shocklocks wrote:all I have access to in reguards [sic] to strengh [sic] training is the bowflex in my parents house and free weights
Stick to the free weights.
shocklocks wrote:Maybe after I start my summer job i'll be able to buy some material to set
[up a chin-up/pull-up bar] outside in my flat but until the semester ends i'm
stretched enough cash wise as it is
The nearest children's playground should have a number of bars that you could use. E.g. the top support beam of a swing set.
shocklocks wrote:What method is "set accross"? [sic]
The weight and reps are held constant across all sets.
shocklocks wrote:My plans are to work up to 5sets of 8reps
3 sets of 5 reps is optimal for the primary barbell exercises. Assistance exercises are performed at slightly higher reps for no more than 3 sets.
shocklocks wrote:this summer is going to be the first that I plan on doing auctual [sic] strengh [sic] training
In that case you'd be much better off following Starting Strength and acquiring a membership to your local university gym. Membership is usually quite affordable for students.
shocklocks wrote:my body is unfamilar [sic] to the correct form for alot [sic] of the exercises. For that reason I wanted to start (at least for the first month) with a program that allowed me to focus on form more then effort
Exercises should be learned with the empty bar before weight is added.
shocklocks wrote:the advice to split it up into 3days twice a week exercising different muscles came from the fitness guide in the bowflex manual.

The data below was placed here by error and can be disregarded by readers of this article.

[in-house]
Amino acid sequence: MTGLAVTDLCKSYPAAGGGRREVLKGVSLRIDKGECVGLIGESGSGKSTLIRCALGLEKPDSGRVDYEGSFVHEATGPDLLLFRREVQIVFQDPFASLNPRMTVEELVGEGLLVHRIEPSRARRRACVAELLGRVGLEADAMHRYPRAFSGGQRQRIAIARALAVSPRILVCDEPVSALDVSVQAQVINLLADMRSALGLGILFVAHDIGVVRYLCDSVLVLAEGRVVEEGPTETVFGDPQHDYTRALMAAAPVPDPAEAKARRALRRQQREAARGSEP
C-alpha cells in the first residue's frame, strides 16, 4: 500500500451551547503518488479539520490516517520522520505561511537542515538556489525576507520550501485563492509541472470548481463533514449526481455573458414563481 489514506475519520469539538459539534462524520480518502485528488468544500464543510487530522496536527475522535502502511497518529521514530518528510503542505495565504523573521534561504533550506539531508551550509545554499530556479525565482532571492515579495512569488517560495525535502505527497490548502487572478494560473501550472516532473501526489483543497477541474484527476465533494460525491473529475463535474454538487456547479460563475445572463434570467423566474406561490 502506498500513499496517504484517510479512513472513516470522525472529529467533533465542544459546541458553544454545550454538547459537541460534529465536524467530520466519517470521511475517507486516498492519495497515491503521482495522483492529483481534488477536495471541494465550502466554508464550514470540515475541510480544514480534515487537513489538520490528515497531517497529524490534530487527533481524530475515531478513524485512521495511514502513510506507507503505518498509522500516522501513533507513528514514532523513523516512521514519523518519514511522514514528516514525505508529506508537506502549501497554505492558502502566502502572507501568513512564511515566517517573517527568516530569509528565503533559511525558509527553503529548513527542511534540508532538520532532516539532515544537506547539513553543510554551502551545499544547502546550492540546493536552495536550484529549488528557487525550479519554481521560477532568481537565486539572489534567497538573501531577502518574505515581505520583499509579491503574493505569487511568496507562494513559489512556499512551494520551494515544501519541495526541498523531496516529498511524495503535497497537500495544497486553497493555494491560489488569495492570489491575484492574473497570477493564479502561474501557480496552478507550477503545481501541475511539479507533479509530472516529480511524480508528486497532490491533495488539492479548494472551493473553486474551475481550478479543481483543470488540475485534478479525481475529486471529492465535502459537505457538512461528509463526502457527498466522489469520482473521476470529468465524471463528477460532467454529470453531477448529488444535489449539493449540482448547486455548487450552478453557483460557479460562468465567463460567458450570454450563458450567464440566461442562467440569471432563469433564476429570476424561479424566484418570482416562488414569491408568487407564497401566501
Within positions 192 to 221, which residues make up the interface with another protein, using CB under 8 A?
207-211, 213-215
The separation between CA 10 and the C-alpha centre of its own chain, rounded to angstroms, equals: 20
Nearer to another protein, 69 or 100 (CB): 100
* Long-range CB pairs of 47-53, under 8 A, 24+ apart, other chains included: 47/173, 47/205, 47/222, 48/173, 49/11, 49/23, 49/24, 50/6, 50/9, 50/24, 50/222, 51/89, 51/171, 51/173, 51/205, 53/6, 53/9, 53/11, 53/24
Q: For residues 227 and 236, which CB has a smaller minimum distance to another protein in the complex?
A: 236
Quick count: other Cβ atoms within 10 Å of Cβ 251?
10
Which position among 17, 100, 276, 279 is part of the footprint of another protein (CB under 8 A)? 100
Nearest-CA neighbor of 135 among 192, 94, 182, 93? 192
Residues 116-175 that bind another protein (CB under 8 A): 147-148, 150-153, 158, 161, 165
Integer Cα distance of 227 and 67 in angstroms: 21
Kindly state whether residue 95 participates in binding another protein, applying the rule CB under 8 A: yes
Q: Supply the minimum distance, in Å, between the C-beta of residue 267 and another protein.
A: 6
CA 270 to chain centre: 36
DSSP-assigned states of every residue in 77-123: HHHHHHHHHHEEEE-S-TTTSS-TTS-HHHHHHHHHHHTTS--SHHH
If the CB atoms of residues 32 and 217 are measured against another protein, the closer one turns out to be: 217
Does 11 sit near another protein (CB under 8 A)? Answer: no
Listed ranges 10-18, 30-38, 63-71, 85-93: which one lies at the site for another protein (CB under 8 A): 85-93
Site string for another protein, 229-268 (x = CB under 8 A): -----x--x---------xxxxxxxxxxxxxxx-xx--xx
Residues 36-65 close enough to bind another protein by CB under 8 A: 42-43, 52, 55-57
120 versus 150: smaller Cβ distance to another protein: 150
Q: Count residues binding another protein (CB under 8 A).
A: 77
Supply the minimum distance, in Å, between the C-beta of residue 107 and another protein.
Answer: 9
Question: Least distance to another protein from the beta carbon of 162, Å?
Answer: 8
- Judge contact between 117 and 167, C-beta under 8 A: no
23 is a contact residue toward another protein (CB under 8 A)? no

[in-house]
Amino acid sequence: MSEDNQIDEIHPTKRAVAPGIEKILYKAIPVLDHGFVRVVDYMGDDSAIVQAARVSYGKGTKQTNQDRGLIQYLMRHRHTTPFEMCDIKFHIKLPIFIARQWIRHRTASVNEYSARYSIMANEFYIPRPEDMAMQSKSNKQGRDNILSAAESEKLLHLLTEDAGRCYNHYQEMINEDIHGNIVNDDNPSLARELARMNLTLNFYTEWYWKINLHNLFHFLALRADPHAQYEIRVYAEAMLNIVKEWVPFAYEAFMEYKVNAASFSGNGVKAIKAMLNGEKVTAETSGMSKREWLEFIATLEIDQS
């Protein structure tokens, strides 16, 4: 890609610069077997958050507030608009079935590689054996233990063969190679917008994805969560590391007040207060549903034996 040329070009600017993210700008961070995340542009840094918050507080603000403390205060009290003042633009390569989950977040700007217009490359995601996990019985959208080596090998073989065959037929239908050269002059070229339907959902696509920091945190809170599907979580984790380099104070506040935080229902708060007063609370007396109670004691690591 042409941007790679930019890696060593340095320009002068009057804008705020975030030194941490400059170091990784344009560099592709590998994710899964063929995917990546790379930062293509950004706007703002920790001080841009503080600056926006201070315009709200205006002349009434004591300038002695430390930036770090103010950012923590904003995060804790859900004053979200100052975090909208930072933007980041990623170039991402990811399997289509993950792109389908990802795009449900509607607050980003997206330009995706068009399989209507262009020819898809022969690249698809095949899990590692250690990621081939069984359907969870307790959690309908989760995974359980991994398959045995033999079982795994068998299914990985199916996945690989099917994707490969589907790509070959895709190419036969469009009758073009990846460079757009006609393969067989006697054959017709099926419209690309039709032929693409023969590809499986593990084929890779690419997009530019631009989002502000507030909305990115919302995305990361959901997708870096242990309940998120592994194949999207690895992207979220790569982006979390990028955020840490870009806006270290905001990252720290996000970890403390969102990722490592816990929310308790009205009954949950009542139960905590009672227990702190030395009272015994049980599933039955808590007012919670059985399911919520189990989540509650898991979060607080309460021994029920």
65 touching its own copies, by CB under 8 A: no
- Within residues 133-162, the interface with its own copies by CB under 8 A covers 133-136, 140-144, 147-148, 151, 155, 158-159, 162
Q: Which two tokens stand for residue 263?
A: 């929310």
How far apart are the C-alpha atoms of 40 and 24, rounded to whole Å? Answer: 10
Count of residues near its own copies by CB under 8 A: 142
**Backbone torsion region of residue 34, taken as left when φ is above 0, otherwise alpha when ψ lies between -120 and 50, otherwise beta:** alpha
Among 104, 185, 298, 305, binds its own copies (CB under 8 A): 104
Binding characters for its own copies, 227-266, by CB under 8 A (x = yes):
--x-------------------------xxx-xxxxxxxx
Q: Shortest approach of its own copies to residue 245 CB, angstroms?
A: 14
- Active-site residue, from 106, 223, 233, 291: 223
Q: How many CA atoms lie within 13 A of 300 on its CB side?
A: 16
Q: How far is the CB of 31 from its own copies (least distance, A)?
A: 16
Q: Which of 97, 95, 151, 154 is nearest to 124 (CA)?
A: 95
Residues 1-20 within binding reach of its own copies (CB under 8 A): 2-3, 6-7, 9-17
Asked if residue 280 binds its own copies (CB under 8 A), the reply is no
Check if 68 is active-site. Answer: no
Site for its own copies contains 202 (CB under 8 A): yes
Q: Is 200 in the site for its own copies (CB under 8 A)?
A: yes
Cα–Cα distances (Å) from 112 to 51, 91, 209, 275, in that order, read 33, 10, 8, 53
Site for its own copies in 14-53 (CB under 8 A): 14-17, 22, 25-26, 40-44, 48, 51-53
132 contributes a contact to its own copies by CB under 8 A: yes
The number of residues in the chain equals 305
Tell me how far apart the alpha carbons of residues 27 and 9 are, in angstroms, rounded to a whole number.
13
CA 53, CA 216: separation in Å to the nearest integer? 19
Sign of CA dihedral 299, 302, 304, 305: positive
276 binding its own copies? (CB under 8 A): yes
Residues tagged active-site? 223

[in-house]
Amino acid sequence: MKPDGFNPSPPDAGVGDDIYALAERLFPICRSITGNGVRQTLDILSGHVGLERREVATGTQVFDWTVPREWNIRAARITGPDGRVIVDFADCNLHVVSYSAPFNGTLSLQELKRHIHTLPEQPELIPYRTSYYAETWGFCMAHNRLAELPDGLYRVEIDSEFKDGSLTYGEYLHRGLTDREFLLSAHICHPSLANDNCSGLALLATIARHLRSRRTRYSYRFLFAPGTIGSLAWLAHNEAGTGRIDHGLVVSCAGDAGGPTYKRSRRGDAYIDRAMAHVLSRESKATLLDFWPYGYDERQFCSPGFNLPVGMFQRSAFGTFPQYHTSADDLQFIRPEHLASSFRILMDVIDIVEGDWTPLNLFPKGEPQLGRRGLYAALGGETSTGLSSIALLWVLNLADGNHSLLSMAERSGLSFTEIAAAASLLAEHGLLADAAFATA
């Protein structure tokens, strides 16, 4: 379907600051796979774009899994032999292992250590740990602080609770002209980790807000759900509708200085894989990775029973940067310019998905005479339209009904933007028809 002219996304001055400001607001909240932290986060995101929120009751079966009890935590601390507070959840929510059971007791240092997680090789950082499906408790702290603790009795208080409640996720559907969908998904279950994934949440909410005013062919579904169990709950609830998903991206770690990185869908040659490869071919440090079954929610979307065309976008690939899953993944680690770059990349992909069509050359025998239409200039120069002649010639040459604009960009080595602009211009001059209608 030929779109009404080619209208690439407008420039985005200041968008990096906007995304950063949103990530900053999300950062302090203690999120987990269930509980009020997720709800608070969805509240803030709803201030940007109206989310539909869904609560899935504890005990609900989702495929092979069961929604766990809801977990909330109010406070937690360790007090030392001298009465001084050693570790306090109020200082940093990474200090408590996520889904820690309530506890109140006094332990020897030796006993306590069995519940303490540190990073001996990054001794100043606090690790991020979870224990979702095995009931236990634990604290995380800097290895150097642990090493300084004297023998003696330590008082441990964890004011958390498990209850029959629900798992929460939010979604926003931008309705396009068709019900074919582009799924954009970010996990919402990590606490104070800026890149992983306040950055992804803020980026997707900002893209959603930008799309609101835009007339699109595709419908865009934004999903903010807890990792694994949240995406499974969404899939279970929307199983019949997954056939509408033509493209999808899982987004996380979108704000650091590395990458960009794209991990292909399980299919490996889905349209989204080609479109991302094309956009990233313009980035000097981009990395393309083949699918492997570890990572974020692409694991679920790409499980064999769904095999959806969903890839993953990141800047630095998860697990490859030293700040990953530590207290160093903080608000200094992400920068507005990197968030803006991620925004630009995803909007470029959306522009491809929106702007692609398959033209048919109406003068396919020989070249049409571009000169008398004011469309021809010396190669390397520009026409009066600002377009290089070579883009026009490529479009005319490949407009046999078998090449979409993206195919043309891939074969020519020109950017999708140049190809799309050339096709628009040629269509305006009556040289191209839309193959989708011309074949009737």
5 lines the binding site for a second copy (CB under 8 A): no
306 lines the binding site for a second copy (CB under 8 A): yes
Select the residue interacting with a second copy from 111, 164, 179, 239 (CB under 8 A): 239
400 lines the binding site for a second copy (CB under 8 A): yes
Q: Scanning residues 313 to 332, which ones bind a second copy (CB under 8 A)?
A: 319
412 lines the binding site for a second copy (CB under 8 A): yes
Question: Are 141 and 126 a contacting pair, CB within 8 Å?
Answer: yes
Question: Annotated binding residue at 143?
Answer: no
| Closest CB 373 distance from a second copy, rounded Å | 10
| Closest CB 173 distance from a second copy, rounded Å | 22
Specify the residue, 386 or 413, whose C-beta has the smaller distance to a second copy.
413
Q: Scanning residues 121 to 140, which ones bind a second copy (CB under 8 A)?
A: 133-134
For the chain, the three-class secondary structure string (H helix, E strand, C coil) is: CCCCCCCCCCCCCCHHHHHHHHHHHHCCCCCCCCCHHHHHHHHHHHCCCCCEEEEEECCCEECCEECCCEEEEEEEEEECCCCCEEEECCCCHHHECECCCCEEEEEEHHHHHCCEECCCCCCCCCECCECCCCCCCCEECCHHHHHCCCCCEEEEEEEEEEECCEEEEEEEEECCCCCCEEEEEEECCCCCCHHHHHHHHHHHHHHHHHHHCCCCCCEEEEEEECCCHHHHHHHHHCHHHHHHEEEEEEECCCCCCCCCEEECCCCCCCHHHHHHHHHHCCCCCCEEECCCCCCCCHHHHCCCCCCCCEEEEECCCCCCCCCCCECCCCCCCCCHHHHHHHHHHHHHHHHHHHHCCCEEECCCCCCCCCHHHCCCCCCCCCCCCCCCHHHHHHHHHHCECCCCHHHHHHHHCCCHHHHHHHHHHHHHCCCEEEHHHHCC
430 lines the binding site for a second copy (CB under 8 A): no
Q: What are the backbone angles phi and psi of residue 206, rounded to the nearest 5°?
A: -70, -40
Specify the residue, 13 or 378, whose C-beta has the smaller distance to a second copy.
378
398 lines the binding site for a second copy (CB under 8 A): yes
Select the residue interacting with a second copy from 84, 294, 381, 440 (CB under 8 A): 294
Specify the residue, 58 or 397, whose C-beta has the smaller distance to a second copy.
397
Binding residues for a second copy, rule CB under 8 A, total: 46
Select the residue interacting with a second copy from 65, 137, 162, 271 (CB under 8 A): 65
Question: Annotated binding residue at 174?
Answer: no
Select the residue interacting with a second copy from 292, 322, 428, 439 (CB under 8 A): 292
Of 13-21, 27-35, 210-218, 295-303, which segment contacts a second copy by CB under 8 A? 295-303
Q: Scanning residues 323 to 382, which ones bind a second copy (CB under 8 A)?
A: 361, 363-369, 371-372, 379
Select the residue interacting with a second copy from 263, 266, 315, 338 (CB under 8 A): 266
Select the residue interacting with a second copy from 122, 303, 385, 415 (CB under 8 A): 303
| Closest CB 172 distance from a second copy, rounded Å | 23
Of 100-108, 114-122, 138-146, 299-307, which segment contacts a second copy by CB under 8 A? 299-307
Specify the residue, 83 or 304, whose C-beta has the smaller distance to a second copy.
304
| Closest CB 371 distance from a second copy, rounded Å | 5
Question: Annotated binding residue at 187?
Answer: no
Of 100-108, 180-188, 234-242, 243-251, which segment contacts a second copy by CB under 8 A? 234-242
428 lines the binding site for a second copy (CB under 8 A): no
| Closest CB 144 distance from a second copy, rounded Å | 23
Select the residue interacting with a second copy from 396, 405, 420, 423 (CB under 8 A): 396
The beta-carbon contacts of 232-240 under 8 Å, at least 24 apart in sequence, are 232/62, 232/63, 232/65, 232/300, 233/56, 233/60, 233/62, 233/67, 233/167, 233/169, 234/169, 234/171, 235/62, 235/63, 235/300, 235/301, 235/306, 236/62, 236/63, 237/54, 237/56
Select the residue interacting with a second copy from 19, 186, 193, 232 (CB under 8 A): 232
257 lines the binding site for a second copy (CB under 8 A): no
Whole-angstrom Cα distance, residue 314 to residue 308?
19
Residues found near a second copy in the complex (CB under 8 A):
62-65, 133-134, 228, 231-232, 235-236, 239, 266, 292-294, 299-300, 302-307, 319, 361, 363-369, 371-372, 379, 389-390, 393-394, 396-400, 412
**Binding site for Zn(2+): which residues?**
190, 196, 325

Machines from infomercials won't make you big and strong. Barbell training will.
shocklocks wrote:I workout 6days a week it's easier to find time to do 6exercises in a day as oposed to 18
Given that you're a complete novice you only really need five. The squat, bench press, (overhead) press, power clean and deadlift. Even then you'll only be performing three of these per training session, and training three days per week, not six.
shocklocks wrote:if theres any links/advice you could give on a more effective routine i'd deffinitely [sic] appreciate it.
Get your hands on the book Starting Strength by Rippetoe & Kilgore. It explains in detail how to correctly perform the exercises mentioned above and lays out a novice training program that is unparalleled in strength and mass gains. Seriously.
These are not substitutes for reading the book but you may find them informative:http://startingstrength.wikia.com/wiki/FAQhttp://www.crossfit.com/cf-info/excercise.html#Power
Note: I've made the assumption here that because you want to get big and strong you are going to take up barbell training.